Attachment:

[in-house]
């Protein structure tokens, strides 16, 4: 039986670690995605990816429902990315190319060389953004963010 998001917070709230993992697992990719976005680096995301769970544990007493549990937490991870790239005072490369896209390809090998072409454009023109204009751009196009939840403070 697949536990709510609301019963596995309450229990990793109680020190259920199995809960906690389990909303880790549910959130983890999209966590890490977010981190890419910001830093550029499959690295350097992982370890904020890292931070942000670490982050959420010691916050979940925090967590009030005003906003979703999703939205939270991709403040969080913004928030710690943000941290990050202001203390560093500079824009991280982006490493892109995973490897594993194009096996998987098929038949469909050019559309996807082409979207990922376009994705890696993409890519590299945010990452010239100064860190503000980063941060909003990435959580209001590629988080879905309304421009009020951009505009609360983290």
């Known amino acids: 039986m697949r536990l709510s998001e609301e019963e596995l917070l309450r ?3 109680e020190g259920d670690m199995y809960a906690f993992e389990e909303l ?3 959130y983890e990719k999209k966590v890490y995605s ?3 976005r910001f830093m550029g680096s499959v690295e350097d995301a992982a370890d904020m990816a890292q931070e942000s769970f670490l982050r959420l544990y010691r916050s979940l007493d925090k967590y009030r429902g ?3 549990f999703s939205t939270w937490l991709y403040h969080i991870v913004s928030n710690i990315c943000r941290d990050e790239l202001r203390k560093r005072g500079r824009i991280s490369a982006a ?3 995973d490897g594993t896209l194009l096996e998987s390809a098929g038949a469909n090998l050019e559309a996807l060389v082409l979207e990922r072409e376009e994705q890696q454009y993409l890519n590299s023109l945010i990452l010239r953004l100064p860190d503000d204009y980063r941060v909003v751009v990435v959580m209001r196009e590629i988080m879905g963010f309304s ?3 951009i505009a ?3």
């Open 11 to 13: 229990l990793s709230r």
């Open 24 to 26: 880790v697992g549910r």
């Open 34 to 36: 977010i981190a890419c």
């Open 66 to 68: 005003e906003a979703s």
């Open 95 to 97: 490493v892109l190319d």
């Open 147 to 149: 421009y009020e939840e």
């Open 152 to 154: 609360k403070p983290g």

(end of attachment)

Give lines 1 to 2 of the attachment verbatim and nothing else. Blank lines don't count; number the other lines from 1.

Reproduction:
[in-house]
């Protein structure tokens, strides 16, 4: 039986670690995605990816429902990315190319060389953004963010 998001917070709230993992697992990719976005680096995301769970544990007493549990937490991870790239005072490369896209390809090998072409454009023109204009751009196009939840403070 697949536990709510609301019963596995309450229990990793109680020190259920199995809960906690389990909303880790549910959130983890999209966590890490977010981190890419910001830093550029499959690295350097992982370890904020890292931070942000670490982050959420010691916050979940925090967590009030005003906003979703999703939205939270991709403040969080913004928030710690943000941290990050202001203390560093500079824009991280982006490493892109995973490897594993194009096996998987098929038949469909050019559309996807082409979207990922376009994705890696993409890519590299945010990452010239100064860190503000980063941060909003990435959580209001590629988080879905309304421009009020951009505009609360983290």